My actual review is 3.5 stars. I have an attraction to books that are described as love letters to New York City. Although I have never lived there and have only visited once, the history and culture of the city in the twentieth century fascinates me. Lillian Boxfish Takes a Walk is a welcome edition to this particular subgenre of fiction. Lillian is witty, thoughtful and would probably be a lot of fun to talk to in real life.
It’s New Years Eve 1984 and Lillian Boxfish somewhat impulsively decides to take a walk in her adopted home of New York City. Having moved there in the 1920s, the now 85 year old was once the highest paid woman in the advertising business. She now lives a comfortable life in the Murray Hill neighborhood with her cat and has a grown son who worries about his aging mother living in the dangerous city. During her walk, Lillian has encounters with several denizens of the city and reflects on her life and its ups and downs. She remembers the building of the empire state building (which she loves), the new Penn Station (which she hates) and the Twin Towers (which she originally hated but now loves). Though she often feels left behind she has made her peace with her life and where she fits into this modern city.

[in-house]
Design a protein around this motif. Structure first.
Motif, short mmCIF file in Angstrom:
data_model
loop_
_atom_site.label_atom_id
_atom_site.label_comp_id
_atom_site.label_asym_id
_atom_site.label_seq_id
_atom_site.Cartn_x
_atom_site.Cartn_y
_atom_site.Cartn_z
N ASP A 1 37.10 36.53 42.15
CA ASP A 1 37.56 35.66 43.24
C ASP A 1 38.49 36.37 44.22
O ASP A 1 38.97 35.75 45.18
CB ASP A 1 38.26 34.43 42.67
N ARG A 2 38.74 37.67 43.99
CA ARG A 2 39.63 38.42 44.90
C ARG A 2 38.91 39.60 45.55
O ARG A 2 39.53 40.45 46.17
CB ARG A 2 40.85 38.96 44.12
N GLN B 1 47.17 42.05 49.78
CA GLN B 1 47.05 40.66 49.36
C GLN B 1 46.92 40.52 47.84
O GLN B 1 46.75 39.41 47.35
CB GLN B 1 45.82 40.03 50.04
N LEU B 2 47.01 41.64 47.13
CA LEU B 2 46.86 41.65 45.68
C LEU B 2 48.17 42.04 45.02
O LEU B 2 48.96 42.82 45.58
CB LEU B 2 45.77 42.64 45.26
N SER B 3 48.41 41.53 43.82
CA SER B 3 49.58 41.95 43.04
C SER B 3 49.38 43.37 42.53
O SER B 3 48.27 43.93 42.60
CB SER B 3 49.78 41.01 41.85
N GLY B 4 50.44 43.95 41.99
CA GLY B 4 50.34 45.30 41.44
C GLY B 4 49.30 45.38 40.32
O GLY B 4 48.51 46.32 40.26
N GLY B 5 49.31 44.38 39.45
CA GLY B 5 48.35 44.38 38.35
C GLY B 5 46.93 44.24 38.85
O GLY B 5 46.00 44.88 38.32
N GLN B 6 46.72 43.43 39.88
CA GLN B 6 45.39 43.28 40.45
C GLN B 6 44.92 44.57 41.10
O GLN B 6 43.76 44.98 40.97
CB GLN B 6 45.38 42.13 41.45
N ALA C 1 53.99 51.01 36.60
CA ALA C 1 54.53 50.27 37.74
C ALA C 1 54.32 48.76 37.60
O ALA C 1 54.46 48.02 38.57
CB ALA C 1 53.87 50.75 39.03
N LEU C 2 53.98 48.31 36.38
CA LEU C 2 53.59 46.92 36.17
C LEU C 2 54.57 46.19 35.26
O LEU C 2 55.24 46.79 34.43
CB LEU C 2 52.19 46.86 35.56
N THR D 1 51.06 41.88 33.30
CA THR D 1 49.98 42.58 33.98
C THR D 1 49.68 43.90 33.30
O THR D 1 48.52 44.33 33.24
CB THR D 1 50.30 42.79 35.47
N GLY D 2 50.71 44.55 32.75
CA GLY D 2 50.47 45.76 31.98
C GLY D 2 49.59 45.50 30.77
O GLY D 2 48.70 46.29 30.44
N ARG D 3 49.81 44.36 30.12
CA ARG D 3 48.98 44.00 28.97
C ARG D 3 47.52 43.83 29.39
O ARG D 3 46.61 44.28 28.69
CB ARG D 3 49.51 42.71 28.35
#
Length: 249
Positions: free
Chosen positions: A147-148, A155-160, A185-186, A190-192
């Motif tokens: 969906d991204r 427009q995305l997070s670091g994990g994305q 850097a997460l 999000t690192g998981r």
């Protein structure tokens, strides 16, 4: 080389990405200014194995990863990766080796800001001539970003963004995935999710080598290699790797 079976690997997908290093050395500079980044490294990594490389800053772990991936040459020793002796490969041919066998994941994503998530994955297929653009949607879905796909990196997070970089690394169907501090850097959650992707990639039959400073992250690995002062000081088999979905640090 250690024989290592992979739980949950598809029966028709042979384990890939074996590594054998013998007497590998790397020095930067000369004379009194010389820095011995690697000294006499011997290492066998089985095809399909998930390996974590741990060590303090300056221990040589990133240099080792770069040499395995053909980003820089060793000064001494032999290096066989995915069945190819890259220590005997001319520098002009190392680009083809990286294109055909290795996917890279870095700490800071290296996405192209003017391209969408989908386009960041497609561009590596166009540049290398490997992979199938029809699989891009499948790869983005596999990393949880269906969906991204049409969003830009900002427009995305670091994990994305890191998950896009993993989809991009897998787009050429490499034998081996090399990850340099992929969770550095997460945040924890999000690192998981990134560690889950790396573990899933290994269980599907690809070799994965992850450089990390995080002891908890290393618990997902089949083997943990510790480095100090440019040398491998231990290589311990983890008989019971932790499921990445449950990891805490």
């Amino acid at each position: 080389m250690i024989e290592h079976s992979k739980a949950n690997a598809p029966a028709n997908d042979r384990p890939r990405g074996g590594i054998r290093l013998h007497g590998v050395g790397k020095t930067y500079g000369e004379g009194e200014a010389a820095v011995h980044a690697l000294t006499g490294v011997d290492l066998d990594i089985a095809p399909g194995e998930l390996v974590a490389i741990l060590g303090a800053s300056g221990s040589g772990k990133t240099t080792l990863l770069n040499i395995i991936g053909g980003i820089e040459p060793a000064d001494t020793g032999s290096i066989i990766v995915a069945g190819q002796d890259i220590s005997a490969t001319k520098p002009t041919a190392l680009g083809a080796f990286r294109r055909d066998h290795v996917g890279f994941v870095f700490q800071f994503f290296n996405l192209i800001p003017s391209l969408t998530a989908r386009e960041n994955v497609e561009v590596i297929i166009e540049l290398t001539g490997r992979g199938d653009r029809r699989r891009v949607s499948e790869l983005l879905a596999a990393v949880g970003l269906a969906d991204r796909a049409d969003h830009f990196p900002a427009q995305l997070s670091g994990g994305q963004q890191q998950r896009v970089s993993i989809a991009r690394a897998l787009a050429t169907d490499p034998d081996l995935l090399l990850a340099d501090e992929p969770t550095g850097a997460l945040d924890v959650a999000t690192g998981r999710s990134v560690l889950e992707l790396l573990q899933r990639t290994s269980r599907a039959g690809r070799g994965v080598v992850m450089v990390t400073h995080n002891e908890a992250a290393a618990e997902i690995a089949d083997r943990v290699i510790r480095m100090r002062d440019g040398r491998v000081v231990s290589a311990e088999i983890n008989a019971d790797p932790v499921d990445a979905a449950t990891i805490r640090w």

Lillian herself is quick witted but not mean spirited. She seems to love engaging with strangers and finding out what they love and what makes them tick. Even when some seem hell bent on offending her, she is unflappable. Given the garbage fire that the previous year was and the current year is shaping up to be, Lillian Boxfish’s unbothered New Years walk through Manhattan was the palate cleanser my brain need right now.